This week in Social Justice and Cultural Understanding, we continued our our unit around Identity and how our families and communities help shape who we are. We did an activity called “Step In, Step Out” and shared various personal statements of who we are. The students stand in a circle and each student says a personal identity. For example, “I am an only child.” Then, students step forward if the statement is true for them and stay on the outside of the circle if the statement is either not true or they prefer not to answer. It was amazing to see the personal statements students were willing to share, and one student reflected during the debrief that she learned a lot about her classmates, even her closest friends who she’s gone to school with for four years!

They also shared in small groups what they learned, what surprised them and the similarities and differences they observed from their family history interview. Thanks to all family members who were interviewed. Some student takeaways:

“I noticed I have a lot more freedom and less responsibilities than the person I interviewed. For example, I just have to go to school and don’t have to have a job AND go to school.”

“I learned that I have more choices than my grandmother had growing up.”

 “I learned so much about my father and why he sometimes acts the way he does.”

“I realized how much harder my grandparents had to work than I do.”

“My grandma is so awesome.”

Their next assignment is called the SJCU.Identity Brainstorm, helping them identify values of importance as we move to our final project, The Shoe Project, after break.

This week in Language Arts

In Language Arts this week, students received a rubric with specific feedback in regard to the multi-draft essay they recently completed. They were asked to review the rubric with their parents/guardians and to obtain a signature that they had this conversation. Students were then expected to make corrections to mechanical (punctuation, spelling, grammar) errors noted using the knowledge they’ve obtained from recent mini-lessons that have focused on punctuation, fragment and run-on sentences, etc.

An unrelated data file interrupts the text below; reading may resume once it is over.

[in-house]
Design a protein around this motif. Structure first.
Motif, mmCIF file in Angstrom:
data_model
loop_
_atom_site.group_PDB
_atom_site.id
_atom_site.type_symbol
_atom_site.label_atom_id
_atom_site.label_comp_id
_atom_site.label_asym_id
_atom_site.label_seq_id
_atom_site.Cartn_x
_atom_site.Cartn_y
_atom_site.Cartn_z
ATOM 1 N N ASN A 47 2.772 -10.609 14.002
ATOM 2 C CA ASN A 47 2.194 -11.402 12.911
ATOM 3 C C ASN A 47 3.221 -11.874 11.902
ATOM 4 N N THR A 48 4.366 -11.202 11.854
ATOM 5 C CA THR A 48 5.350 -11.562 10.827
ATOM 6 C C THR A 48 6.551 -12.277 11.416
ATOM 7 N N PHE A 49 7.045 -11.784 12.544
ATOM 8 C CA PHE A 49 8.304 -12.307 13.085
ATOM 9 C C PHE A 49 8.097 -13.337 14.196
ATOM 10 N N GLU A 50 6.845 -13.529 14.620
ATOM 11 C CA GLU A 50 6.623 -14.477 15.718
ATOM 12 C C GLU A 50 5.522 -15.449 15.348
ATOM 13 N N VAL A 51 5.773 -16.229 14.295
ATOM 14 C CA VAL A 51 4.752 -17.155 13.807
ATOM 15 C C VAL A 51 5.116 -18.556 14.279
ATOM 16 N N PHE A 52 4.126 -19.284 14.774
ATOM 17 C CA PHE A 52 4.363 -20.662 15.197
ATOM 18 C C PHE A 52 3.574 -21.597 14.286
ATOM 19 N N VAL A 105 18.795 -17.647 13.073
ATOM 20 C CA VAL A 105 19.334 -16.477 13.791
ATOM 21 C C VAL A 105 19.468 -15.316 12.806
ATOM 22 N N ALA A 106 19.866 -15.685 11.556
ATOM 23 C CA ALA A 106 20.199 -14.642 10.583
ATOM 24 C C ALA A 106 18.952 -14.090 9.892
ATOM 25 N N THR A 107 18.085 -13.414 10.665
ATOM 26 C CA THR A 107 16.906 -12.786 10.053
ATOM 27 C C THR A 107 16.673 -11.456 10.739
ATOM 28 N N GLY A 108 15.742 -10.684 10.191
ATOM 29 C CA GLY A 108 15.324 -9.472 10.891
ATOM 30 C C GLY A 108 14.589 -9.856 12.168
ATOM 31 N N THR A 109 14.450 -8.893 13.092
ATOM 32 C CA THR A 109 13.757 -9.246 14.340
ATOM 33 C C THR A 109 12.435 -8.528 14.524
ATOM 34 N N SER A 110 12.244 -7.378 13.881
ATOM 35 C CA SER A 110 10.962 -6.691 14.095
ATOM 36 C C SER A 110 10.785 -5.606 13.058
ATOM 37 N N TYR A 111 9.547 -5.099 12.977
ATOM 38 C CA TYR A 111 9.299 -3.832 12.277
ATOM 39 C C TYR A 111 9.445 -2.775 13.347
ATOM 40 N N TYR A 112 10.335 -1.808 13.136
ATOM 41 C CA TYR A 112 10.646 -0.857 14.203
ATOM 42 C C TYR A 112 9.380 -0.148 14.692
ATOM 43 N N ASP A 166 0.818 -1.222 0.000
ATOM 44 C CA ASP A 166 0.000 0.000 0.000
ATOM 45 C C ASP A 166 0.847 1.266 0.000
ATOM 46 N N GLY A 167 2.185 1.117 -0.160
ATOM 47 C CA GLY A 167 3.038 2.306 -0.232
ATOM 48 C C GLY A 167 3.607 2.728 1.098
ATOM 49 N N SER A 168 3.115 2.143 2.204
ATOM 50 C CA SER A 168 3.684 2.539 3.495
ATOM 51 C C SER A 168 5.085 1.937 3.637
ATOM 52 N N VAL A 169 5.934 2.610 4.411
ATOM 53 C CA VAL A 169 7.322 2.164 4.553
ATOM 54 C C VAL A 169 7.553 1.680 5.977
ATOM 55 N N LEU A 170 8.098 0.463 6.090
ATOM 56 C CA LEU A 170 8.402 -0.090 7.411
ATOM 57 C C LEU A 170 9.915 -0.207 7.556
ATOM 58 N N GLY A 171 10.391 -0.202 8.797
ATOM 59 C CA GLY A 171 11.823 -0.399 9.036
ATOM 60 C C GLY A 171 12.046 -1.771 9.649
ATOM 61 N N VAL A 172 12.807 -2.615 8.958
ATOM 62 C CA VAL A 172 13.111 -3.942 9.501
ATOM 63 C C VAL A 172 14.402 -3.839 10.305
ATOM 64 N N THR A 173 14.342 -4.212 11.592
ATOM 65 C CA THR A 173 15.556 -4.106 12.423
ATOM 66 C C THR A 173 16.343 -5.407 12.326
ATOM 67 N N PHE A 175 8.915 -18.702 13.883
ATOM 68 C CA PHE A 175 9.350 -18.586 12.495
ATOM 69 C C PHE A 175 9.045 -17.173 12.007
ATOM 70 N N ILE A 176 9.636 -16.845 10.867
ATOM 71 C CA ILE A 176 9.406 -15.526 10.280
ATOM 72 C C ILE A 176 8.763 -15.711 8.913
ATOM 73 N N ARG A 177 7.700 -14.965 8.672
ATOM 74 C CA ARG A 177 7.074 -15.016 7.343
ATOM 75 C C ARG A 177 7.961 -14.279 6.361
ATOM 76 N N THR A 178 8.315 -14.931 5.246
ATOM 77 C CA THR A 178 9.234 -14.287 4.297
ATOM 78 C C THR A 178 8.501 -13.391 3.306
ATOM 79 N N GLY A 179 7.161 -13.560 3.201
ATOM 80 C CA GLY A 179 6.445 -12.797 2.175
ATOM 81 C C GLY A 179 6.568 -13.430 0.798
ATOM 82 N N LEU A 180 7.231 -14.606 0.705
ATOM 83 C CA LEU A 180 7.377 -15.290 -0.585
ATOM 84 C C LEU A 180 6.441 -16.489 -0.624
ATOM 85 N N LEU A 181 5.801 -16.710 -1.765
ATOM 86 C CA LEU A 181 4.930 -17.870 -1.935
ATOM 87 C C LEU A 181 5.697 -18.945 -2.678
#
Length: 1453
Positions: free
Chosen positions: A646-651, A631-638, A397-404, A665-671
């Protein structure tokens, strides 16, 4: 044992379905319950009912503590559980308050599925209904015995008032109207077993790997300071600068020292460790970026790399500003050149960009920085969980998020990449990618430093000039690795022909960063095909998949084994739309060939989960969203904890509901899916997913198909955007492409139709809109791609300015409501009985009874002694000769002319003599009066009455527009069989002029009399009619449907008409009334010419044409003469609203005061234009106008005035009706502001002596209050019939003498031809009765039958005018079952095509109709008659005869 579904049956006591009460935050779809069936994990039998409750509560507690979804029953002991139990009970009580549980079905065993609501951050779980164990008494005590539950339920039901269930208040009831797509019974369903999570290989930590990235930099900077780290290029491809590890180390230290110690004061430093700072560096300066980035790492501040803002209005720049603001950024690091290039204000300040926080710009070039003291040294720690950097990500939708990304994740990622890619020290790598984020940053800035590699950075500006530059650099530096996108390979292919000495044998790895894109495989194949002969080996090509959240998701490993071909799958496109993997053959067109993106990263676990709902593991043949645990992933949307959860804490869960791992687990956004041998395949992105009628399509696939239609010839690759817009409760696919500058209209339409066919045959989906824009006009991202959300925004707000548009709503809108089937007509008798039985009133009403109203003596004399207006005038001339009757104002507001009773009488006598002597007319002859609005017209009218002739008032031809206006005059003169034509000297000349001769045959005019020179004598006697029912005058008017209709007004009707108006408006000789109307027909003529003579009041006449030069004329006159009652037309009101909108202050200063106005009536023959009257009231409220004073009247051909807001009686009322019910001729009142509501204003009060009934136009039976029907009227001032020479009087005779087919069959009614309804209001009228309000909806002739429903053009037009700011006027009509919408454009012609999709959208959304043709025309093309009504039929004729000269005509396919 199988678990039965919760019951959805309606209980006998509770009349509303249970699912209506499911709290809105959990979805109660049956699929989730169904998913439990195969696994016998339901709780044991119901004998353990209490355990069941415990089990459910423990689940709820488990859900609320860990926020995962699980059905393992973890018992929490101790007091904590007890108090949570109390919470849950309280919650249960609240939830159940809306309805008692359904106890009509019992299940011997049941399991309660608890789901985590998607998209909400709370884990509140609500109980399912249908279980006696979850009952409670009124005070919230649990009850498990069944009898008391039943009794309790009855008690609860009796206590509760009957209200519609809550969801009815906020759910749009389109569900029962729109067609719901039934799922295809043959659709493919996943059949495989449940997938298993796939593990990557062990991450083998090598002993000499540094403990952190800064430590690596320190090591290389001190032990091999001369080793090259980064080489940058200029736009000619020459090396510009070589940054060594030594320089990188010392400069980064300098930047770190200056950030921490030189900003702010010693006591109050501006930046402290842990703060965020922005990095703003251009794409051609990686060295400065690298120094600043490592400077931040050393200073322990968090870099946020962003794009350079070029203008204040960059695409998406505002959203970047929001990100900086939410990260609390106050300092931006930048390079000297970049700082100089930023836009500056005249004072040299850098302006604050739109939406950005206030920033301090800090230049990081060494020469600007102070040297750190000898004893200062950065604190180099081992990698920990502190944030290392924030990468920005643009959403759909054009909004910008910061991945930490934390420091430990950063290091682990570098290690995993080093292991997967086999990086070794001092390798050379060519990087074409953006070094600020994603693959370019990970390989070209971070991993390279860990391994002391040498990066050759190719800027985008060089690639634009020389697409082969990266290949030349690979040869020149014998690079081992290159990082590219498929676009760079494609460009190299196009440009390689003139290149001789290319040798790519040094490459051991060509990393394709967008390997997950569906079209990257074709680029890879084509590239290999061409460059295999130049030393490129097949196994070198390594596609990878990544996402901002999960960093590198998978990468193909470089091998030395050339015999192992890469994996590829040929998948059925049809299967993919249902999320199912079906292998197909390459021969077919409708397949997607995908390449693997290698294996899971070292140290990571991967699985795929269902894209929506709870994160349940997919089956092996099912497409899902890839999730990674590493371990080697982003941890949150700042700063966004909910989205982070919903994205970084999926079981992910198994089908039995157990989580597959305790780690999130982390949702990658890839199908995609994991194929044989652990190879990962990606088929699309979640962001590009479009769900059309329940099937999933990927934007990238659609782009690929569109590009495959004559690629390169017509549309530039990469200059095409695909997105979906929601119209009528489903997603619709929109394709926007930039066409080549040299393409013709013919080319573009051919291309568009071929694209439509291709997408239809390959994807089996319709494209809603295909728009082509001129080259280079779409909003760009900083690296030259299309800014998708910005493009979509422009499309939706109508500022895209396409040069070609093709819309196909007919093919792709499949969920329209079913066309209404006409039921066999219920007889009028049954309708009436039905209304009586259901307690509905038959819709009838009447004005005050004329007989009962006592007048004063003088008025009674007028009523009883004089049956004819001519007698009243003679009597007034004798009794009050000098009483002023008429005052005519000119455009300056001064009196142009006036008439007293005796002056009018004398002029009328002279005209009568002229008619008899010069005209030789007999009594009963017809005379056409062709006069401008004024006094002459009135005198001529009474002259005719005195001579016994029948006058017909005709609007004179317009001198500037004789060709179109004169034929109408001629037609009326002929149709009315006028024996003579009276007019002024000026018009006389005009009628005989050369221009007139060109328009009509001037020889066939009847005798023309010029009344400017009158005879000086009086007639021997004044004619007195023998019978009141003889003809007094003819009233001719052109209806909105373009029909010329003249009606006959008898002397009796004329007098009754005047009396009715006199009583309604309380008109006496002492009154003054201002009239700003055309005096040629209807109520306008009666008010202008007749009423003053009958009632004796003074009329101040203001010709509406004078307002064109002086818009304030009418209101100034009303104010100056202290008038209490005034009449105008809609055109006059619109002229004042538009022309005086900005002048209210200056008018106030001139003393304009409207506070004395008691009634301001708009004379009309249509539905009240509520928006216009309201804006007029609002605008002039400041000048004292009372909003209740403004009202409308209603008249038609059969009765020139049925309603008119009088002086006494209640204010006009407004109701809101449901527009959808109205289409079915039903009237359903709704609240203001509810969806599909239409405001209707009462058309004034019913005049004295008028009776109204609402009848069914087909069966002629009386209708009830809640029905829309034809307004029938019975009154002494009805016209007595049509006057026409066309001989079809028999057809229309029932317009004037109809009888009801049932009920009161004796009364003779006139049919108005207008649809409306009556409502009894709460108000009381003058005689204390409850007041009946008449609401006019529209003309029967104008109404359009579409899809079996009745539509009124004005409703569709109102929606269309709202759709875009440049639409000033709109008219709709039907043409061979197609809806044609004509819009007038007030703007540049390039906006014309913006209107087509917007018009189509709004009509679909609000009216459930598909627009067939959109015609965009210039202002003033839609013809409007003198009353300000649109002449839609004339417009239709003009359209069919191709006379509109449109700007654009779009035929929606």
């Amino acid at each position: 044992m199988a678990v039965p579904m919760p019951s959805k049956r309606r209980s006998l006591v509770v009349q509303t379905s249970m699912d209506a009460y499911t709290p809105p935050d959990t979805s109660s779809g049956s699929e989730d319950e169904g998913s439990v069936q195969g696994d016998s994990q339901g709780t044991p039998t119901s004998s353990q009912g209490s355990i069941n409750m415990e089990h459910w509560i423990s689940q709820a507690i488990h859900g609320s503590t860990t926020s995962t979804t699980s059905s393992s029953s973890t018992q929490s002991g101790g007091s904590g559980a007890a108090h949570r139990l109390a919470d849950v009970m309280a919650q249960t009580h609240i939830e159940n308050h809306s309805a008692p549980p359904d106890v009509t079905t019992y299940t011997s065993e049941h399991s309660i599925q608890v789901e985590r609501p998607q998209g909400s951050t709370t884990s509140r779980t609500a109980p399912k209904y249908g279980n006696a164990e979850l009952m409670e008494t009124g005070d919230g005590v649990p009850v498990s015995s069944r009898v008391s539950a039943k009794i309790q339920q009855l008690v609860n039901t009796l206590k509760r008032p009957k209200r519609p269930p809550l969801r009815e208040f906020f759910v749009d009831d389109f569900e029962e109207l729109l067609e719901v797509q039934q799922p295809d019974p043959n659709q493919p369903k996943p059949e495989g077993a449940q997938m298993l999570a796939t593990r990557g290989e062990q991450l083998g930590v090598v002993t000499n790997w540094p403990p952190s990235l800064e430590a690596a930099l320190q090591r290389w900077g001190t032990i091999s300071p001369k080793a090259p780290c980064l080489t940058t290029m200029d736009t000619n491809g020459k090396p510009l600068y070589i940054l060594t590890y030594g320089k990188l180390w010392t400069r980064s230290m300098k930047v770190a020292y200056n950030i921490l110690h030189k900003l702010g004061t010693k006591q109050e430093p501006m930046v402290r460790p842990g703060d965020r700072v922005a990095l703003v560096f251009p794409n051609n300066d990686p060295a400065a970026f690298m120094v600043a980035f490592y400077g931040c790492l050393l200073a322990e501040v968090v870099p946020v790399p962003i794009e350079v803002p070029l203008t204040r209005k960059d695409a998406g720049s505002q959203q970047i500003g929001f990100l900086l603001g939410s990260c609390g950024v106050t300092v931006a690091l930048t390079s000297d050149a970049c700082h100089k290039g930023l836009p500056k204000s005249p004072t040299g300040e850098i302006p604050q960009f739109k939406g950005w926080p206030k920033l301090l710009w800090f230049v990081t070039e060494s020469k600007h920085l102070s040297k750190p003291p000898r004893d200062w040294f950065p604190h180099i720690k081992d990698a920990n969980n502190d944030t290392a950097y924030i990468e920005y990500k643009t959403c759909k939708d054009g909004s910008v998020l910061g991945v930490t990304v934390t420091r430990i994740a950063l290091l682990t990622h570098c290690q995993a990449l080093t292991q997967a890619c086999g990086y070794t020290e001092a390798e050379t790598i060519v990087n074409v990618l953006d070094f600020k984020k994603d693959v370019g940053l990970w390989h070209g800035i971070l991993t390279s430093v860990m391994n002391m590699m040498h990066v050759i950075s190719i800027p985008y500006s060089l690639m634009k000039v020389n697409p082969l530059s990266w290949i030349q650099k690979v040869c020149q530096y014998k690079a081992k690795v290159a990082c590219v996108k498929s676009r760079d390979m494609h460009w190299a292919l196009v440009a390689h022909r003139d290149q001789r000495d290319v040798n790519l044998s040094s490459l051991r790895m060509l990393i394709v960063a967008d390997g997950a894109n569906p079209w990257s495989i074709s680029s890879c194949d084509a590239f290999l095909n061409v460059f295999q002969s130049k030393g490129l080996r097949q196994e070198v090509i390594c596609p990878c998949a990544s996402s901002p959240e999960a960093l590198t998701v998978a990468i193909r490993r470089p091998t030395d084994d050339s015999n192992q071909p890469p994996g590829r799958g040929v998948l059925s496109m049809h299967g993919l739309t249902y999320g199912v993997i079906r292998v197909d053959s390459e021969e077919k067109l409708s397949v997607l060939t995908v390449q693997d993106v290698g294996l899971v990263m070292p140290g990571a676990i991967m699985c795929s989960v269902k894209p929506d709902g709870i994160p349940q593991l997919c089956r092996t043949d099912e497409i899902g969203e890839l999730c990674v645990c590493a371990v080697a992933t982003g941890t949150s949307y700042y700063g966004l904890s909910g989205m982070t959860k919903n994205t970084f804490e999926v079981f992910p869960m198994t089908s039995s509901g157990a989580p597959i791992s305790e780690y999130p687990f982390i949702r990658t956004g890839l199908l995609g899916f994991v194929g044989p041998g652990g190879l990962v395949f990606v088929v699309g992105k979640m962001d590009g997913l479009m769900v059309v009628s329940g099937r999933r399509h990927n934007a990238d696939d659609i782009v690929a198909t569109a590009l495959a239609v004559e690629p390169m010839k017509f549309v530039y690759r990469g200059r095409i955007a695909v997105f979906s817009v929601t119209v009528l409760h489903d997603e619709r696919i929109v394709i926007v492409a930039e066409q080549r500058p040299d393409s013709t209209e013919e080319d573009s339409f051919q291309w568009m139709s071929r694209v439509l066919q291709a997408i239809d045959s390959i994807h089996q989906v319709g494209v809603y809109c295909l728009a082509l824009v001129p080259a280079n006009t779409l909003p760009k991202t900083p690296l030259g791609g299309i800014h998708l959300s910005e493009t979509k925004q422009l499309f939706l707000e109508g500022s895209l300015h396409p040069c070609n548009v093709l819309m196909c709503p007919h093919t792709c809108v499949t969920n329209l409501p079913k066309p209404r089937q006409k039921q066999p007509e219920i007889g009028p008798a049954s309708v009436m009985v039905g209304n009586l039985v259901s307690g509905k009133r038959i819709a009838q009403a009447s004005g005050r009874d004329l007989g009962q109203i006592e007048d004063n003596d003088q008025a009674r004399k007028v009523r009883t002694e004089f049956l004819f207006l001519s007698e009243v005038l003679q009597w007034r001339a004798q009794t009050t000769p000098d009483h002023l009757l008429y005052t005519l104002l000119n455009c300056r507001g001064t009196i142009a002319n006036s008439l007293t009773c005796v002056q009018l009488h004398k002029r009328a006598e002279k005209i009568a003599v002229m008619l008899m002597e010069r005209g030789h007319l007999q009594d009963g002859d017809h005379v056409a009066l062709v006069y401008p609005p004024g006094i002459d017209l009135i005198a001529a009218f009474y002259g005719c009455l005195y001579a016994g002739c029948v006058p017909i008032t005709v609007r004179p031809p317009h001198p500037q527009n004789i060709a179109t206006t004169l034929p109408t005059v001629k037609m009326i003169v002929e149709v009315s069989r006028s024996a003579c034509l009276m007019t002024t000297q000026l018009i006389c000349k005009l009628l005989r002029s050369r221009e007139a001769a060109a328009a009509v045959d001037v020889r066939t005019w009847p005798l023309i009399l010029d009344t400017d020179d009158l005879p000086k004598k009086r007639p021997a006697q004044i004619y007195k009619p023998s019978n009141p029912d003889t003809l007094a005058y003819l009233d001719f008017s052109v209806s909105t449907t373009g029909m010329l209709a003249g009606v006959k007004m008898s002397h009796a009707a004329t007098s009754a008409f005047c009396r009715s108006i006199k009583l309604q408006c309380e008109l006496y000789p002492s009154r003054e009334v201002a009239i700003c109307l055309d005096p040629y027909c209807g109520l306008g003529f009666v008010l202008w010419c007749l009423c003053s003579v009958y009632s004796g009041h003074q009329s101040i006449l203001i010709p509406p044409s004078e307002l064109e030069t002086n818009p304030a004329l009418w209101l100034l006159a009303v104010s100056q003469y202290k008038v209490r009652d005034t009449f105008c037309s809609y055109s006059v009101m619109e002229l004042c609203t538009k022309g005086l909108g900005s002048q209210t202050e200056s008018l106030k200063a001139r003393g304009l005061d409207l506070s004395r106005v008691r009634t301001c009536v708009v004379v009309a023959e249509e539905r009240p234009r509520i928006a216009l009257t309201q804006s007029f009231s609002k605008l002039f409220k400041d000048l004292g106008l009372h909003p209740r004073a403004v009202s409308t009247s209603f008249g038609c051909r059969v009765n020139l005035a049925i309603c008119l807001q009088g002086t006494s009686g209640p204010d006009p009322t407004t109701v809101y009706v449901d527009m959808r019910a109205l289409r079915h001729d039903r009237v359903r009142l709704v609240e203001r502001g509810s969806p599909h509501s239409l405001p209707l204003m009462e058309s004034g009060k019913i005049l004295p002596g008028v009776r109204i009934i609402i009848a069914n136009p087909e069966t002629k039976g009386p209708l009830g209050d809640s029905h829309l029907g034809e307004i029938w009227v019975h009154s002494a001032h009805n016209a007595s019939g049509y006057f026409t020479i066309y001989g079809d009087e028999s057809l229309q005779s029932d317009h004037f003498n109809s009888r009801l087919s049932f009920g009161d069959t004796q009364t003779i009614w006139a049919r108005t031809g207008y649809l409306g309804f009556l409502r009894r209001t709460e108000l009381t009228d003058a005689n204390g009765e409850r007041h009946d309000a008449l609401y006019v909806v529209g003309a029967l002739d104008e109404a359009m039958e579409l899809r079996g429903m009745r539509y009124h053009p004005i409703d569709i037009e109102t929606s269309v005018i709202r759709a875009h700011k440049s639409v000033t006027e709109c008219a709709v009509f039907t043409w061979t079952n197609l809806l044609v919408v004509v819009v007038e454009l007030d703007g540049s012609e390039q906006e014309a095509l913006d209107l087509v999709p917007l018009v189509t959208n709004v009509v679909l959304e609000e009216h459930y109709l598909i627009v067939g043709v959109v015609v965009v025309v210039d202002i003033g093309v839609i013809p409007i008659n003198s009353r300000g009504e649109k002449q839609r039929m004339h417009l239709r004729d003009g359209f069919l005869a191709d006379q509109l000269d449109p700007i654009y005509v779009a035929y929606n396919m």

Students were also introduced to Goodreads which is a website that will be used throughout the year. Goodreads is an extensive database of books, reading recommendations, and reviews. Users can see what their friends are reading and can get suggestions for future reading choices based on their reviews of previously read books. We’ll use the website to share books we’ve read, reviews we’ve written and will additionally use Goodreads as a way to discuss literature.

We’ll soon begin Persepolis: The Story of a Childhood by Marjane Satrapi. This book is considered one of the most popular and well-received graphic memoirs. The novel tells the story of the author’s childhood in Tehran, Iran during the Iranian Revolution. It includes themes such as religion, culture, class disparities, racism, gender issues, political turmoil and war, and the tumultuous history behind Middle Eastern politics. Similar to Night, our first novel, the students will consider the importance of using history as a learning tool while simultaneously learning about the religious, historical, and political context within their Global Studies class.

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